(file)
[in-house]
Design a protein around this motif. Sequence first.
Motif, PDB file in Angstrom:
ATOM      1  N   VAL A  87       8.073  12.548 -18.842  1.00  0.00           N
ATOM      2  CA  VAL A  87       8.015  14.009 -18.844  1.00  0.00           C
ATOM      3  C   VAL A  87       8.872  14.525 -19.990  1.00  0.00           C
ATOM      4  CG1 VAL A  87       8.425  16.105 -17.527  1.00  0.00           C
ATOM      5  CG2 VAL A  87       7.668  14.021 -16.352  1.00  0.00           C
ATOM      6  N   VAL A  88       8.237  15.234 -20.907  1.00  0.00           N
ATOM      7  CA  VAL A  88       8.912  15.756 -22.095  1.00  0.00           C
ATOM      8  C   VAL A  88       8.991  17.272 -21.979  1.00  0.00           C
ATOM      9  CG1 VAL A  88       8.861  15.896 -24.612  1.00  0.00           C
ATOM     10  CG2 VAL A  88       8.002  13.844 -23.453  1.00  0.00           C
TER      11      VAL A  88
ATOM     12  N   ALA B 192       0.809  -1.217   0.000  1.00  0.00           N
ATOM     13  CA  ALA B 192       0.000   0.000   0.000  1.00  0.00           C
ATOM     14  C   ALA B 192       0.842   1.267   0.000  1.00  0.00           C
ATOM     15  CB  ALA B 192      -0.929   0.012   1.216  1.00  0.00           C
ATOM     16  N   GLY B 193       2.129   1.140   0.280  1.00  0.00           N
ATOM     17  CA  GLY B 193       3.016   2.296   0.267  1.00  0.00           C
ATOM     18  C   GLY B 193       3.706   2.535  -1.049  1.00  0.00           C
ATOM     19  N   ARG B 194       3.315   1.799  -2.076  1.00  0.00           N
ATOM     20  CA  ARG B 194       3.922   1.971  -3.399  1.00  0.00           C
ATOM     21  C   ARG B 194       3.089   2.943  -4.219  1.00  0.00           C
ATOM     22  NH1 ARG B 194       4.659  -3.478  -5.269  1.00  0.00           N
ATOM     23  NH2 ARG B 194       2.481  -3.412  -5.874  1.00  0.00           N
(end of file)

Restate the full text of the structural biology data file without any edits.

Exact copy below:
[in-house]
Design a protein around this motif. Sequence first.
Motif, PDB file in Angstrom:
ATOM      1  N   VAL A  87       8.073  12.548 -18.842  1.00  0.00           N
ATOM      2  CA  VAL A  87       8.015  14.009 -18.844  1.00  0.00           C
ATOM      3  C   VAL A  87       8.872  14.525 -19.990  1.00  0.00           C
ATOM      4  CG1 VAL A  87       8.425  16.105 -17.527  1.00  0.00           C
ATOM      5  CG2 VAL A  87       7.668  14.021 -16.352  1.00  0.00           C
ATOM      6  N   VAL A  88       8.237  15.234 -20.907  1.00  0.00           N
ATOM      7  CA  VAL A  88       8.912  15.756 -22.095  1.00  0.00           C
ATOM      8  C   VAL A  88       8.991  17.272 -21.979  1.00  0.00           C
ATOM      9  CG1 VAL A  88       8.861  15.896 -24.612  1.00  0.00           C
ATOM     10  CG2 VAL A  88       8.002  13.844 -23.453  1.00  0.00           C
TER      11      VAL A  88
ATOM     12  N   ALA B 192       0.809  -1.217   0.000  1.00  0.00           N
ATOM     13  CA  ALA B 192       0.000   0.000   0.000  1.00  0.00           C
ATOM     14  C   ALA B 192       0.842   1.267   0.000  1.00  0.00           C
ATOM     15  CB  ALA B 192      -0.929   0.012   1.216  1.00  0.00           C
ATOM     16  N   GLY B 193       2.129   1.140   0.280  1.00  0.00           N
ATOM     17  CA  GLY B 193       3.016   2.296   0.267  1.00  0.00           C
ATOM     18  C   GLY B 193       3.706   2.535  -1.049  1.00  0.00           C
ATOM     19  N   ARG B 194       3.315   1.799  -2.076  1.00  0.00           N
ATOM     20  CA  ARG B 194       3.922   1.971  -3.399  1.00  0.00           C
ATOM     21  C   ARG B 194       3.089   2.943  -4.219  1.00  0.00           C
ATOM     22  NH1 ARG B 194       4.659  -3.478  -5.269  1.00  0.00           N
ATOM     23  NH2 ARG B 194       2.481  -3.412  -5.874  1.00  0.00           N